CATEEL, we will rise again!

IF TRAVELING IS A VICE, I’LL BE ADDICTED TO IT FOREVER

“If traveling is a vice, I’ll be addicted to it forever!”  This has always been my sweetest answer to the endless question why I seem so unstoppable from this incessant travels. I’ve been asked several times how come I travel that very often when I have a day job that requires me to work on regular days. And I would always answer, “I work hard to travel harder!” Another one said traveling is for the rich, I would retract it by saying I am poor but fortunate enough to make the most out of my resources. Hence, I would always say, TRAVELING can be addictive but never exclusive for the rich!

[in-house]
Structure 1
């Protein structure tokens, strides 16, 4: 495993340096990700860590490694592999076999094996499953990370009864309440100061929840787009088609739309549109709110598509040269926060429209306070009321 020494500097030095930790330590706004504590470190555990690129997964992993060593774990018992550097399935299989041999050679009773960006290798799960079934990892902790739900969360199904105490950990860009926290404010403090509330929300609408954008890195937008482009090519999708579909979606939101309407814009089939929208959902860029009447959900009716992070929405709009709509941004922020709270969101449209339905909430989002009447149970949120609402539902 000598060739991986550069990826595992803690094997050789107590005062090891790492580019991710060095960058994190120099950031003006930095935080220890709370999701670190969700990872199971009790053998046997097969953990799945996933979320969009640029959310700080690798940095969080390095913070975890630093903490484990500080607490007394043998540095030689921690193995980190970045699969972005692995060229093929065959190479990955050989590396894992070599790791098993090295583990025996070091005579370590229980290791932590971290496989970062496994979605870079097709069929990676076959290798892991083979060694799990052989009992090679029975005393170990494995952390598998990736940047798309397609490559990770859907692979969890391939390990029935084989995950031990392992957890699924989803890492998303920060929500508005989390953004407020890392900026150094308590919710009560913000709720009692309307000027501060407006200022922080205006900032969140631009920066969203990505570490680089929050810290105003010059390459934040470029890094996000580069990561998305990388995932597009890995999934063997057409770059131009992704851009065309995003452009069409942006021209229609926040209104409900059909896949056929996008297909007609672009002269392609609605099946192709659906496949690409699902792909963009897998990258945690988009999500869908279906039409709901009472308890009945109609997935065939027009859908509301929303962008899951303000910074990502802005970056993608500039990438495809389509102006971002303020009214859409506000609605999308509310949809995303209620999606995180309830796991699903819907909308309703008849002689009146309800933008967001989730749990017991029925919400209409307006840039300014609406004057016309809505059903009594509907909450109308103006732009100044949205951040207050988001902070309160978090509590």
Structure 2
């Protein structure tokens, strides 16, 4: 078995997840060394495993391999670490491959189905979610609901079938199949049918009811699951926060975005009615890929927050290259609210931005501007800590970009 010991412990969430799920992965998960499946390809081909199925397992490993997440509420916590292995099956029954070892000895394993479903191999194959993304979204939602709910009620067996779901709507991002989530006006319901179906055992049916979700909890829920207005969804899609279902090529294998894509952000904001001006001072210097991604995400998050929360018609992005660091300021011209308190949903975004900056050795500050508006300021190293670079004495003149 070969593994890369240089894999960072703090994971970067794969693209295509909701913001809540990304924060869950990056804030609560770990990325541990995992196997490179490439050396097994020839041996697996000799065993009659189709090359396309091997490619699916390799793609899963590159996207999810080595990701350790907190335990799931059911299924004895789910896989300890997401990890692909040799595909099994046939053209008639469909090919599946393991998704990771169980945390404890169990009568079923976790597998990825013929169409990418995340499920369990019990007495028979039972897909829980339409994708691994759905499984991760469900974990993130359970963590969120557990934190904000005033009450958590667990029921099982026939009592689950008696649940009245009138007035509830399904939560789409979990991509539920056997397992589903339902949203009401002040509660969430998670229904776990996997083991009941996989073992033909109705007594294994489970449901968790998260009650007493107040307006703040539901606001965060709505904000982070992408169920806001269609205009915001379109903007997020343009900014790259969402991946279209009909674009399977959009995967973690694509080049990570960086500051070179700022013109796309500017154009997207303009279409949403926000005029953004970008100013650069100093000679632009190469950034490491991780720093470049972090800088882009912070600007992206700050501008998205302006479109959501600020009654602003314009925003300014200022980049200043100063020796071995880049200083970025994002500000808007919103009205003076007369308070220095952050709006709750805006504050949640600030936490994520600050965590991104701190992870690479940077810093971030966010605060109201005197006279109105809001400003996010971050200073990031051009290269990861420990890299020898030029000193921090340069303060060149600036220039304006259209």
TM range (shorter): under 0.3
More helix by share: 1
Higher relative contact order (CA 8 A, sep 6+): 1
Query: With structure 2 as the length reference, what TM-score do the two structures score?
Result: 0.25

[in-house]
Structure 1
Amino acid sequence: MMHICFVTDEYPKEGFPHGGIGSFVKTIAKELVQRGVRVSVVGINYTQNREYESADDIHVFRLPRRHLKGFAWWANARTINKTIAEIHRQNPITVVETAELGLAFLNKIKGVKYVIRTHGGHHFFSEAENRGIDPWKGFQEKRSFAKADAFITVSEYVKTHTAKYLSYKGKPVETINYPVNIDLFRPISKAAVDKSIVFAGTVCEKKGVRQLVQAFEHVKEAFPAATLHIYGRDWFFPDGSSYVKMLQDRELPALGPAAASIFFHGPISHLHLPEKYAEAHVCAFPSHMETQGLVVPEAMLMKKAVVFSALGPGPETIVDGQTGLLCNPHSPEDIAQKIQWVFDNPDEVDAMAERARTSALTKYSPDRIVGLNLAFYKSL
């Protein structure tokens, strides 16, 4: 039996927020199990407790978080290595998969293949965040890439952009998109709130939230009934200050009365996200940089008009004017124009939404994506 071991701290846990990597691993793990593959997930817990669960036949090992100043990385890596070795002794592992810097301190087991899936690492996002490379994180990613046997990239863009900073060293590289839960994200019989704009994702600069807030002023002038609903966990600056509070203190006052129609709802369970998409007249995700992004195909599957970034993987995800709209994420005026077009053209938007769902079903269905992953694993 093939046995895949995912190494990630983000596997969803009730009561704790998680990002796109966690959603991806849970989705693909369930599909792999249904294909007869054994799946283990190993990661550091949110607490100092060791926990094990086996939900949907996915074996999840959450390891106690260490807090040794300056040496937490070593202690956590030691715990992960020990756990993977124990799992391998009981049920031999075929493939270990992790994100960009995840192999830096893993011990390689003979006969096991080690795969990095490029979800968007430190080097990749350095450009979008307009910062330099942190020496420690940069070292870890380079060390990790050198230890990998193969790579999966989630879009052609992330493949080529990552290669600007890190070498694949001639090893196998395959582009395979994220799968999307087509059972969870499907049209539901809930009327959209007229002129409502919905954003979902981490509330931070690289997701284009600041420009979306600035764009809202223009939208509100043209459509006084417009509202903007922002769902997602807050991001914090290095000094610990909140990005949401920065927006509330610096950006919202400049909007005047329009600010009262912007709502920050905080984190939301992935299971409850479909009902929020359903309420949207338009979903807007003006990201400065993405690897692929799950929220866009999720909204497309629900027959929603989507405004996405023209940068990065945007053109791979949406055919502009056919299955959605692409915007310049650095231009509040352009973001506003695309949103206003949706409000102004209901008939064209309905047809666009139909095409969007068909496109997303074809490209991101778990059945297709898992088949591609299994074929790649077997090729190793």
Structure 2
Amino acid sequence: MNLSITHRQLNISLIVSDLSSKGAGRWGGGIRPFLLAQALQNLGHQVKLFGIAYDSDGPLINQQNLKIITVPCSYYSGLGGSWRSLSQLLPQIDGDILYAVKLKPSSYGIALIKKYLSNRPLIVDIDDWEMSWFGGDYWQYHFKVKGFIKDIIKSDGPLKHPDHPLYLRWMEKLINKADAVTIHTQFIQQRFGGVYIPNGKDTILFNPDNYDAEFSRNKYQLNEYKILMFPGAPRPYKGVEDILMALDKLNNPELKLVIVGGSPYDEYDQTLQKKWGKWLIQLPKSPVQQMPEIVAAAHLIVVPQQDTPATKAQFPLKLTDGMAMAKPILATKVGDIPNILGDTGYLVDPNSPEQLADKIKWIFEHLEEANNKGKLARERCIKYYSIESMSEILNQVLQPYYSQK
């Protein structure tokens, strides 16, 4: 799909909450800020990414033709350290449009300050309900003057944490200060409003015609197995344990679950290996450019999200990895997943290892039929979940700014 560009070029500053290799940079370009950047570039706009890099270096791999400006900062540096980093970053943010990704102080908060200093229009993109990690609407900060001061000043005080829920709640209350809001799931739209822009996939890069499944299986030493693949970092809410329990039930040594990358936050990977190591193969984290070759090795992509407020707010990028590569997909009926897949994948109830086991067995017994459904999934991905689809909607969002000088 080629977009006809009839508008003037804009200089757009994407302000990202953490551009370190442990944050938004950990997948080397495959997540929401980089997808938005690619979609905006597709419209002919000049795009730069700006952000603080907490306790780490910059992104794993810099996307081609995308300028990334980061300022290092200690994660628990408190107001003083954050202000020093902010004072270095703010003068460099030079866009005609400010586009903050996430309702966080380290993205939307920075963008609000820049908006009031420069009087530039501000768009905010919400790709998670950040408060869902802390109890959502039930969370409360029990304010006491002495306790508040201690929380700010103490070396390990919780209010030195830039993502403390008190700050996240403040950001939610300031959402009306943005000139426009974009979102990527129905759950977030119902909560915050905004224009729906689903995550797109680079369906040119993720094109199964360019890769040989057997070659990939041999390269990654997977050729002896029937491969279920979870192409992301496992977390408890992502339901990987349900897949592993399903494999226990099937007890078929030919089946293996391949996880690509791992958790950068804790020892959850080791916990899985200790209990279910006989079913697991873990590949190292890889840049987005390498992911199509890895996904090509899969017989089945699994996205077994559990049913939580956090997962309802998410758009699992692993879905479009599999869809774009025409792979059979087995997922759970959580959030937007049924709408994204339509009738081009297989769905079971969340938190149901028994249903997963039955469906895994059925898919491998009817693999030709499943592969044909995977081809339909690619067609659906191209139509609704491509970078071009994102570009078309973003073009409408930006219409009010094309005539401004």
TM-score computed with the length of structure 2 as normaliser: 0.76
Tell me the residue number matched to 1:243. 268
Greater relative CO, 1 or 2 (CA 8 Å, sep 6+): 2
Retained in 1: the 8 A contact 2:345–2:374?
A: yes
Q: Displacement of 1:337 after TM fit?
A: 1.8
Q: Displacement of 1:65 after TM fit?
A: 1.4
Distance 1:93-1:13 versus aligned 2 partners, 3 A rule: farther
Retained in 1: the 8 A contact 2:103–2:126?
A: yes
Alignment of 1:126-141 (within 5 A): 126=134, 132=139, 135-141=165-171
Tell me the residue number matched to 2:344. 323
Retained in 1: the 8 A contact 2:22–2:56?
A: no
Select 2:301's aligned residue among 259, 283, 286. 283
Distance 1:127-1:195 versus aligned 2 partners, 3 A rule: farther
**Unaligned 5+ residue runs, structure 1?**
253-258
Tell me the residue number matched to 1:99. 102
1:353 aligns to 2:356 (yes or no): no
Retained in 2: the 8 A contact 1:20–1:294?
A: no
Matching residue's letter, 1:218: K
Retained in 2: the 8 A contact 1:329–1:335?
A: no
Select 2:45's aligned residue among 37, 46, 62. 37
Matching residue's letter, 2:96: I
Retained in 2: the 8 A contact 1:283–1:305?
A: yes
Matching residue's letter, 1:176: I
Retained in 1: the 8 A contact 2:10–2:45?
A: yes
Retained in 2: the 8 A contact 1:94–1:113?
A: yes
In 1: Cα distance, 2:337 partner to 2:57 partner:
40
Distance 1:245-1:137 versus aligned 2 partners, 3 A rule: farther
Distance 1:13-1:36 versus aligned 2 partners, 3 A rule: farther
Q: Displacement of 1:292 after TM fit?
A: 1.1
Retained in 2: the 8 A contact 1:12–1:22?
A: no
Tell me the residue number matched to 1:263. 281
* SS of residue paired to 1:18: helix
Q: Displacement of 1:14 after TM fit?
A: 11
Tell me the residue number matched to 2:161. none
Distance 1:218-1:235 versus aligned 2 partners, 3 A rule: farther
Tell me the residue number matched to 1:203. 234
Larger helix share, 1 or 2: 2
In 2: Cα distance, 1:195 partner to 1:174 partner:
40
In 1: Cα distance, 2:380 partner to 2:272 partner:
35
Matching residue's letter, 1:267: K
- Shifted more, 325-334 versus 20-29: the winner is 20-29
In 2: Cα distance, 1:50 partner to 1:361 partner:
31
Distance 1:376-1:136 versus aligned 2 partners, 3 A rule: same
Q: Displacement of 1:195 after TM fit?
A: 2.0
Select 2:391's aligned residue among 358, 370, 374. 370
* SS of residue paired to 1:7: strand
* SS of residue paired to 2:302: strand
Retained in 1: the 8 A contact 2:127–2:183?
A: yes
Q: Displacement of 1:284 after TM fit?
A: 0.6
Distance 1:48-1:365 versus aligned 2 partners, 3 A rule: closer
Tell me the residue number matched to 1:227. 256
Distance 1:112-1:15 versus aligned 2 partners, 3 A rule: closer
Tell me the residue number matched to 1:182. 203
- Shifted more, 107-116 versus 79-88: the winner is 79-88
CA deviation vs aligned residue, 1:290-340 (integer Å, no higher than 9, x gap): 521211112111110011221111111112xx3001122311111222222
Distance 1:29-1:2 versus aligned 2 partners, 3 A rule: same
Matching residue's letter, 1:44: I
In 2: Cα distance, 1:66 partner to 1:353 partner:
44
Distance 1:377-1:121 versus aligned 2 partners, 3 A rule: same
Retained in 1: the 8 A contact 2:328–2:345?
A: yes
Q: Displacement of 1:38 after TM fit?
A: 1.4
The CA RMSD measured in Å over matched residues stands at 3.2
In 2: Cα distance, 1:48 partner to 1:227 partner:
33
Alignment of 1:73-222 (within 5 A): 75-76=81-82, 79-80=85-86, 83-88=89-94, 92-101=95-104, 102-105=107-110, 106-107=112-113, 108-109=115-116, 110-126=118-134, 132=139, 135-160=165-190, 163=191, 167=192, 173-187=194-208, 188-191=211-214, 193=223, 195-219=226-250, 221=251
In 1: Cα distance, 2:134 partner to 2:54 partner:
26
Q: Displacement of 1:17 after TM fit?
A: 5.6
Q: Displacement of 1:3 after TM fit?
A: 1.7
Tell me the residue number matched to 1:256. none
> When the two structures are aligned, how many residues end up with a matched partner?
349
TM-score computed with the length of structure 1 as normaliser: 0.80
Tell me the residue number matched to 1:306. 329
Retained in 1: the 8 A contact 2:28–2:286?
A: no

You see, I live in a country of more than 7,000 tropical islands offering the best of what a seasoned or a novice traveler wants to glimpse and experience. In fact, I feel so fortunate to have been born and raised in this stunning nation where everything is within reach – sparkling islands, pristine beaches, verdant mountains, stunning waterfalls, placid lakes, colorful culture, interesting people, grandest festivals, delectable cuisines, heritage sites and many more! Given all these attributes, why not travel and experience firsthand discovering the best kept secrets of the marvelous 7,107 Islands of the Philippines.